"Hashtag activist"? Is that an actual thing like for real?

  • ben45tpy Apr 02, 2014

    How did he compress that. Was it Hashctavist?

  • AshEngel Apr 02, 2014

    Yet another moment proving how awesome Stephen Colbert is.

  • Tanis_Ketra Apr 02, 2014

    I thought the tweet was funny even without context. I mean, it was so obviously a joke, it's unbelievable that anyone would take it as something genuinely derogatory. But on the plus side, Colbert got to take full advantage of the situation with his sarcastic and (jokingly) mocking tone. So yay Colbert :)

  • bkto Apr 01, 2014

    ""Redskins" is a derogatory slur aimed at Native Americans, yet Snyder and supporters of the name can't see that"

    you could not possibly be less correct if you tried. you could tell us four plus two in nineteen, and it would be closer to correct than your above statement.

    i am white [skinned], Jay-Z is black [skinned]. Ming Yao is yellow [skinned]. Marvin the Martian is green [skinned]. Jeronimo was, wait for it.. yes, thats right, red [skinned]

    there are five distinct anthropological "races" of human being. not a single one of them is white brown black yellow red azure heliotrope or aubergine.

    was colbert rude or insensitive? maybe he was, but that doesn't make it "racist"

    i don't support the name, or even watch any game of football, european or north american. i do, however, support understanding the reality of something, not just the party line you affiliate yourself with politically.

    now, who's going to be first to call me a racist?

  • ben45tpy Apr 02, 2014

    Not only are you bizarrely naive about what constitutes a derogatory slur, you're also naive about the details of this incident. Colbert's controversy had nothing to do with Native Americans. Read the tweet in the article above.

  • bkto Apr 05, 2014


  • ben45tpy Apr 05, 2014

    I don't see how my personal political persuasion has anything to do with my comment. And I thought from your comment you were more interested in whether popular assumptions about prejudice were incorrect, not a mindless polarised standoff on cliched political lines.

    For your information I have no interest or allegiance to any USA political party. In my country there is a political party called the Liberal Party which I want nothing to do with.

  • bkto Apr 05, 2014

    who said a word about any union of states?

    liberal is a political spectrum, not a political party. your own countrys political spectrum is entirely irrelevant to any discussion here. what was it you said about polarized standoff cliched political lines, again?

  • WallyAG Apr 02, 2014

    I won't call you racist, but I will call you ignorant. The meaning behind the term is what makes it derogatory, not the accuracy of the word. For example, if someone called me a bitch in a non joking matter, I'd be offended, despite the fact that I am not a female dog in heat.

    I mean, by your logic, the oh so famous and offense "n-word" shouldn't offend African Americans because it isn't strictly a race. Like, I get what you're trying to say with the word racism, but...seriously, how can you not understand it? Did you never take a single history class? Yes, technically we all share the same race as human, but, that's kind of the point with racism is that people are treated as not being human/less then human because of discriminatory views, so the "race" of racism is used rather loosely to refer to a group of individuals that share certain cultural/religious/whatever else traits, including skin color.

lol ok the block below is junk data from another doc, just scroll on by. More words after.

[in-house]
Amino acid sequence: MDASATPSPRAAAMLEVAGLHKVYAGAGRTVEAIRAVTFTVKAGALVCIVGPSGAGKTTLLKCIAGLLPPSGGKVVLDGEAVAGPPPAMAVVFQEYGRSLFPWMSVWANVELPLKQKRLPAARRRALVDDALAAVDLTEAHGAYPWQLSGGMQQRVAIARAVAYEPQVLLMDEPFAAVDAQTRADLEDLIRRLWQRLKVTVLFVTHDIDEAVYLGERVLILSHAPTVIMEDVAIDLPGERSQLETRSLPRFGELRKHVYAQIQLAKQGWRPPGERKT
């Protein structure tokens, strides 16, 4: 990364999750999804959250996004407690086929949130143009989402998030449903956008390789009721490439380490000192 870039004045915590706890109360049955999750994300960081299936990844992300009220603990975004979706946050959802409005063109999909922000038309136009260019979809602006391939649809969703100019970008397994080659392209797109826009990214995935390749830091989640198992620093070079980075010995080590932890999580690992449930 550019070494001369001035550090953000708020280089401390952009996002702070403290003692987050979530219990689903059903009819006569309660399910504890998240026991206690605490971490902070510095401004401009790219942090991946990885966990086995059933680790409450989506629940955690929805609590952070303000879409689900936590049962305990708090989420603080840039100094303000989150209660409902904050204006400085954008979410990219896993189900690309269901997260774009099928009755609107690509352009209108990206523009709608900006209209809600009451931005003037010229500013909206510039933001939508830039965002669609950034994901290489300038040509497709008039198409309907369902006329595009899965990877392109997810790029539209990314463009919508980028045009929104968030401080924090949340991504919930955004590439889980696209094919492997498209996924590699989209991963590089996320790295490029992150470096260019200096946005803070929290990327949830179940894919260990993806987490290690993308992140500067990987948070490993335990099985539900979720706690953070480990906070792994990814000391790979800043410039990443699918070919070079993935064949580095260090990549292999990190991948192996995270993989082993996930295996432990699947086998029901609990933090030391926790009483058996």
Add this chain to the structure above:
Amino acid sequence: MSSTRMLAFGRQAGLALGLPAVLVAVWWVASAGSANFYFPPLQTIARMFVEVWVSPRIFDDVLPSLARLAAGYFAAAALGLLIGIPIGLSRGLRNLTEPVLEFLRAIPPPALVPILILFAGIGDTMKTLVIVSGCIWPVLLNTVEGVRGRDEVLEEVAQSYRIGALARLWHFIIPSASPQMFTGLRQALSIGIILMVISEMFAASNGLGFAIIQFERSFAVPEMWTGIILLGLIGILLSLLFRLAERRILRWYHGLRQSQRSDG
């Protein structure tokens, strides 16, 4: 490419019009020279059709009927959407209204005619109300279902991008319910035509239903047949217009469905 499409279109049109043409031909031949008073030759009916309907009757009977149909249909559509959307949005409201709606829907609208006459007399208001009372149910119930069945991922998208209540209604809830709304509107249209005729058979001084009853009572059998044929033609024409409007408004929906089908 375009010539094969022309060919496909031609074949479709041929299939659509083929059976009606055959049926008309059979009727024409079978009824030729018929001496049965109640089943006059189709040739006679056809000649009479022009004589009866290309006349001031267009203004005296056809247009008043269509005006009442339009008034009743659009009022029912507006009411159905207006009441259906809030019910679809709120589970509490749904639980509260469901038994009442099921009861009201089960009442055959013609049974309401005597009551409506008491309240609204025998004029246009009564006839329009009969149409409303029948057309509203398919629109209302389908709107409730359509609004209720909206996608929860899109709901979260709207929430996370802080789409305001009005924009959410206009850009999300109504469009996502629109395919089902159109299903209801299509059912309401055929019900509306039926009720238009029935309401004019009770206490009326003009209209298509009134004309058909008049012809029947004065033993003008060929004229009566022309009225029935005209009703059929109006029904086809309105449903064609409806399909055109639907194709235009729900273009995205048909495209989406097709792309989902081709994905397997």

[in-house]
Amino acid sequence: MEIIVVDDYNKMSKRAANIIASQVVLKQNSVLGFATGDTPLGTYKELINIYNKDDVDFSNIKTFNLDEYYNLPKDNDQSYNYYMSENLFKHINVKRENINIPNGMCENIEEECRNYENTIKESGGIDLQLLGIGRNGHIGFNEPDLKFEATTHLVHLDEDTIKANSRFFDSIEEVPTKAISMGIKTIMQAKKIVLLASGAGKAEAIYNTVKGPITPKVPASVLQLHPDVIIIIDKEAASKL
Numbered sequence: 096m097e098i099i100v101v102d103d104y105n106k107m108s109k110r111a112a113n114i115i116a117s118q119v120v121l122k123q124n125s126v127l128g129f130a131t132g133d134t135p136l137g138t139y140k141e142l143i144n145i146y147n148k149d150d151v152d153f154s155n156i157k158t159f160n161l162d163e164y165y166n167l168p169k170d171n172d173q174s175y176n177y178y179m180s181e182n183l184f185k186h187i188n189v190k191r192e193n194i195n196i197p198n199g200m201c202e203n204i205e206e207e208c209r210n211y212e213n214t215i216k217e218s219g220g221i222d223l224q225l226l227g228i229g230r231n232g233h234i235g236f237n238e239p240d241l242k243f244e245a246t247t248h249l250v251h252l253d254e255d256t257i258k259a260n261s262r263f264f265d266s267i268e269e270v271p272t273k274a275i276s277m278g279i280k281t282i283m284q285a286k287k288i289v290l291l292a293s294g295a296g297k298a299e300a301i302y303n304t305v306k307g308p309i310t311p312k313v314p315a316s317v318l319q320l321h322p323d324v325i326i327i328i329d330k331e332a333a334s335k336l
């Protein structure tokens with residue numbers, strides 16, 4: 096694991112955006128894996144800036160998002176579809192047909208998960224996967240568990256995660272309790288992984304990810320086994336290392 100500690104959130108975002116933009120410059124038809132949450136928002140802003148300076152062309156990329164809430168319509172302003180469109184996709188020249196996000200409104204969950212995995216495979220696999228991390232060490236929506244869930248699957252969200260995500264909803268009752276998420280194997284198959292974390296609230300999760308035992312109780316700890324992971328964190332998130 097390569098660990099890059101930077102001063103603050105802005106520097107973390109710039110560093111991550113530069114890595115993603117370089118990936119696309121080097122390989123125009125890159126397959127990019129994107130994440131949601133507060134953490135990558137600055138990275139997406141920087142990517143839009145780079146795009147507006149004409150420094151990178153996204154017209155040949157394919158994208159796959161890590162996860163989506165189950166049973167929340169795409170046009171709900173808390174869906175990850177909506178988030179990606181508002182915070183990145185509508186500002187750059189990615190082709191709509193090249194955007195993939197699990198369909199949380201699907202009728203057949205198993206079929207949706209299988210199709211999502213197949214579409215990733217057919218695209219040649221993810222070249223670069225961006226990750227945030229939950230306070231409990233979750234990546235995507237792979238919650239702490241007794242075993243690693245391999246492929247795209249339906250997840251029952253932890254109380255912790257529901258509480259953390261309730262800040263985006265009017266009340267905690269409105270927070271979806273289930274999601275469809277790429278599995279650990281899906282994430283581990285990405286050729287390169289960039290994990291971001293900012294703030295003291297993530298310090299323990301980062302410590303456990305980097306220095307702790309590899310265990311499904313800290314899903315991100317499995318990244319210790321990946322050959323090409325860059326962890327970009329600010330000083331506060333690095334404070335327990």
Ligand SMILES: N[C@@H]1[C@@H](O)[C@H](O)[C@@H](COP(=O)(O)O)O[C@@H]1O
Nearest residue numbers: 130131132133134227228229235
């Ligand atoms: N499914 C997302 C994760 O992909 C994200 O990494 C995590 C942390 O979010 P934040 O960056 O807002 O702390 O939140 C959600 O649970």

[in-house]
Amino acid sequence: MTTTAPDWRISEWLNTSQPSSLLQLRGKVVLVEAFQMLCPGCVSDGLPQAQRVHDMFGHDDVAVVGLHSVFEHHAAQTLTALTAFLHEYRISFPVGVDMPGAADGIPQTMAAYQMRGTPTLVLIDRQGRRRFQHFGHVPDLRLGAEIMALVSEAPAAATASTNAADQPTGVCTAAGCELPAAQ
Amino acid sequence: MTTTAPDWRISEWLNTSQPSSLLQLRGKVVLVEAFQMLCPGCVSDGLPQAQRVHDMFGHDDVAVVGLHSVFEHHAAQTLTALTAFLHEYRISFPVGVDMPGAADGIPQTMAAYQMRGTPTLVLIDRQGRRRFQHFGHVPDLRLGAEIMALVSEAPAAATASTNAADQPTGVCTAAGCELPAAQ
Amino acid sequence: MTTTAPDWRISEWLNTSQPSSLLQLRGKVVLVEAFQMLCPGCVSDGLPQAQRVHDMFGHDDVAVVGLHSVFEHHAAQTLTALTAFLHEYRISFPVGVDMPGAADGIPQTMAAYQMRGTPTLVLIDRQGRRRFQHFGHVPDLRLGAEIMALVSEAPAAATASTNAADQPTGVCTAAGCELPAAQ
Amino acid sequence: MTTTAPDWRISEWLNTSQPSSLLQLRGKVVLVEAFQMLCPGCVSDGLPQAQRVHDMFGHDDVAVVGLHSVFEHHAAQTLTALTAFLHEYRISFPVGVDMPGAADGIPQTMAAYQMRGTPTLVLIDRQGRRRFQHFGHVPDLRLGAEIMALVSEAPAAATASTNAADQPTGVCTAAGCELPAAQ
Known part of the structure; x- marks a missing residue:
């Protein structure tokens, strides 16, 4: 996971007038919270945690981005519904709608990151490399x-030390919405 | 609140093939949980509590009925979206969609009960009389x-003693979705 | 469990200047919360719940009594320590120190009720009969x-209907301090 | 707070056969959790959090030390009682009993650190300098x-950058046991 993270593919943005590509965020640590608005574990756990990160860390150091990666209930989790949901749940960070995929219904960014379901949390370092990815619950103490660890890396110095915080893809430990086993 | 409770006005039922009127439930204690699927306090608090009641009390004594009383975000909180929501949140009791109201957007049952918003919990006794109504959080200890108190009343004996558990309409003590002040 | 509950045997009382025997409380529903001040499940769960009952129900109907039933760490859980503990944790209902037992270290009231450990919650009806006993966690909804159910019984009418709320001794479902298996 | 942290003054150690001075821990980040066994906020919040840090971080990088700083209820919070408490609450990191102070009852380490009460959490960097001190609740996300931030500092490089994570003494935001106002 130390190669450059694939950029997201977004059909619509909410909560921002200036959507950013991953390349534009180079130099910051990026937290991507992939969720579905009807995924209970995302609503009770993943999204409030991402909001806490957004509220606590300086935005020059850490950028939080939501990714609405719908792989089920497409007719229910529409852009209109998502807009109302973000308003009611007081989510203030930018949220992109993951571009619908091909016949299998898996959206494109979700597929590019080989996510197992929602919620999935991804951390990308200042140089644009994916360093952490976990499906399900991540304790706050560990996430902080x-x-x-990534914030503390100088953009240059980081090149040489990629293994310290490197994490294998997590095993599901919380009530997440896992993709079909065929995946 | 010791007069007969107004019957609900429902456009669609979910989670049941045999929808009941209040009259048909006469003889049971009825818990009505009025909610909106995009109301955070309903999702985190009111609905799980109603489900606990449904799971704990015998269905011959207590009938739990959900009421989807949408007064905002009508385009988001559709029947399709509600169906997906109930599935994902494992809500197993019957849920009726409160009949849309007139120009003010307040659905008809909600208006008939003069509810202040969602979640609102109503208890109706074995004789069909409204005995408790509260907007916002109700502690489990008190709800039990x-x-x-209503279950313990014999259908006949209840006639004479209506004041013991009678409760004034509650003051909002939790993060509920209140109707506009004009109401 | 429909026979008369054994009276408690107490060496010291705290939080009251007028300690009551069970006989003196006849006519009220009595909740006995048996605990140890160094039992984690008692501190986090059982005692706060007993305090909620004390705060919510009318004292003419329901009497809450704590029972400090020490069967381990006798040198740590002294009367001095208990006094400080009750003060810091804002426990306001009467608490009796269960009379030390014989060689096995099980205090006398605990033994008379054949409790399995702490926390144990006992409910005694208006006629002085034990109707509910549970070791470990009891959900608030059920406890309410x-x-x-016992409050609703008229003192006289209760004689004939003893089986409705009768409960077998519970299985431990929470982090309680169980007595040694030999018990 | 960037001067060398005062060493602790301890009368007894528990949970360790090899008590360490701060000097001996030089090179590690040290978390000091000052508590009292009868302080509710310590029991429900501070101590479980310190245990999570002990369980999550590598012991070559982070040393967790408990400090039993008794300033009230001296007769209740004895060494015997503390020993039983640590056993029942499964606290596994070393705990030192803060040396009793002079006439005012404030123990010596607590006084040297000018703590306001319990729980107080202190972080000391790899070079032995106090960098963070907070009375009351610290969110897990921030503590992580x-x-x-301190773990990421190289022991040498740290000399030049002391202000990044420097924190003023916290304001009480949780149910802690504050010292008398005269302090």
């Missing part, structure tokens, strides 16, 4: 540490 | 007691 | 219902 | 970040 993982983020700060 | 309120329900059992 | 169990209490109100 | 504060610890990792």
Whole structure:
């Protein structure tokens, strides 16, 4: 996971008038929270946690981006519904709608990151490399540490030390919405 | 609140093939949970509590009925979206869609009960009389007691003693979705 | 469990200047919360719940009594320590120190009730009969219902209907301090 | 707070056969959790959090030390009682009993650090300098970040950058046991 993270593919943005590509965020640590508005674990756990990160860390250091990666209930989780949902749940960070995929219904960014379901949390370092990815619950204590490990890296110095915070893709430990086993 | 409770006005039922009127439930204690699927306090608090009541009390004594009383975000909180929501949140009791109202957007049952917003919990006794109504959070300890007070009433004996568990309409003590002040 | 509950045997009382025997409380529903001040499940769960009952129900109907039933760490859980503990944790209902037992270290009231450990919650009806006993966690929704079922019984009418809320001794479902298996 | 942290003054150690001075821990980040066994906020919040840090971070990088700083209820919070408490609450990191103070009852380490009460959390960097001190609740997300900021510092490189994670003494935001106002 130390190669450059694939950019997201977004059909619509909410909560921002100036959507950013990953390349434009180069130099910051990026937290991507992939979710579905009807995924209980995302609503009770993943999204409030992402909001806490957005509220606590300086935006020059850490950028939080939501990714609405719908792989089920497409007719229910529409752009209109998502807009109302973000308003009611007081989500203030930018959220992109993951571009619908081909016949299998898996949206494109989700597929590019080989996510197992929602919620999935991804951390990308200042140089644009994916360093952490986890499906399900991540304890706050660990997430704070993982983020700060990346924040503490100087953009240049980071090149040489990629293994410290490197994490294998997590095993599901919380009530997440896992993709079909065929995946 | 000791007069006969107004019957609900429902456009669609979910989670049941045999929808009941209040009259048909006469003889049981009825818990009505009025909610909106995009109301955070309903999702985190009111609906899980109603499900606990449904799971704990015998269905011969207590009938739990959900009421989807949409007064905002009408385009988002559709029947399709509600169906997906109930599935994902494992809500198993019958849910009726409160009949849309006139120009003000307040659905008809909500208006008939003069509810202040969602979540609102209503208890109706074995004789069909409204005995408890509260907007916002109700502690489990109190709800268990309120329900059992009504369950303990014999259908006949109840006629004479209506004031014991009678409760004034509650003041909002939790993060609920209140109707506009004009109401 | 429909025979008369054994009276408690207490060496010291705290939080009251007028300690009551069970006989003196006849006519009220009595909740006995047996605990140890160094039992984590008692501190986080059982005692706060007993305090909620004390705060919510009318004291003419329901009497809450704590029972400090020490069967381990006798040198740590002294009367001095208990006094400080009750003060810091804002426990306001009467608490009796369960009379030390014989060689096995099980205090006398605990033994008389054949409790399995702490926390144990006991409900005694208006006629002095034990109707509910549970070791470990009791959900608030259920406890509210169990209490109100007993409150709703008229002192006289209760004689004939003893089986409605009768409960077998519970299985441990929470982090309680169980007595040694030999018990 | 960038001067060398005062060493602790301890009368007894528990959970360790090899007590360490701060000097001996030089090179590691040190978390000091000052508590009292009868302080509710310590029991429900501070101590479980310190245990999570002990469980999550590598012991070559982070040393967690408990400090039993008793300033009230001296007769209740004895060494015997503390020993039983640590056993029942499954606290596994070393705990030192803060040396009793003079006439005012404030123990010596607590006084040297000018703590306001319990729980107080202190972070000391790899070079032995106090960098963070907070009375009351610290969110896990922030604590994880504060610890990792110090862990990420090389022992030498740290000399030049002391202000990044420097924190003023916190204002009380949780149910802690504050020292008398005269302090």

Really, you can argue semantics all you want, but it seems like a moot point, because the title is clearly offense to a large group of people, hence all the attempts to get the name changed. What confuses me even more is in the initial quote racism wasn't even mentioned, the term used was "derogatory slur," which is 100% accurate without even having to argue semantics.

  • bkto Apr 05, 2014


  • bkto Apr 05, 2014

    "What confuses me even more is in the initial quote racism wasn't even mentioned, the term used was "derogatory slur,""
    this is where understanding party lines and english on a whole comes into play. so, liberal?

  • PaulaGonzalez Apr 02, 2014

    There are no such thing as "races", there's only ONE race, human race. I won't call you a racist, but I do think you don't understand what the concept of "derogatory slur" actually conveys. You don't get to decide what constitutes or not a slur for any specific ethnic group, the people who are named after it have the right to explain why it is or it isn't a slur, and more importantly, if they are being refered to with any kind of names, they most certainly can feel however they feel about it. The history of the word is what makes it a slur, it has nothing to do with the color of their skin or whatnot. "Spic", "coconut". "redneck", "wetback" - these are all racist slurs that have nothing to do with a person's skin color. It's these words' connotations, and not their denotations, what make them offensive.

  • bkto Apr 05, 2014


  • PaulaGonzalez Apr 05, 2014


  • PaulaGonzalez Apr 06, 2014

    Correction: I responded with another question. ;)

  • bkto Apr 06, 2014

    i asked a question, you responded with insult. you never learned the idea of debate or discourse, i presume?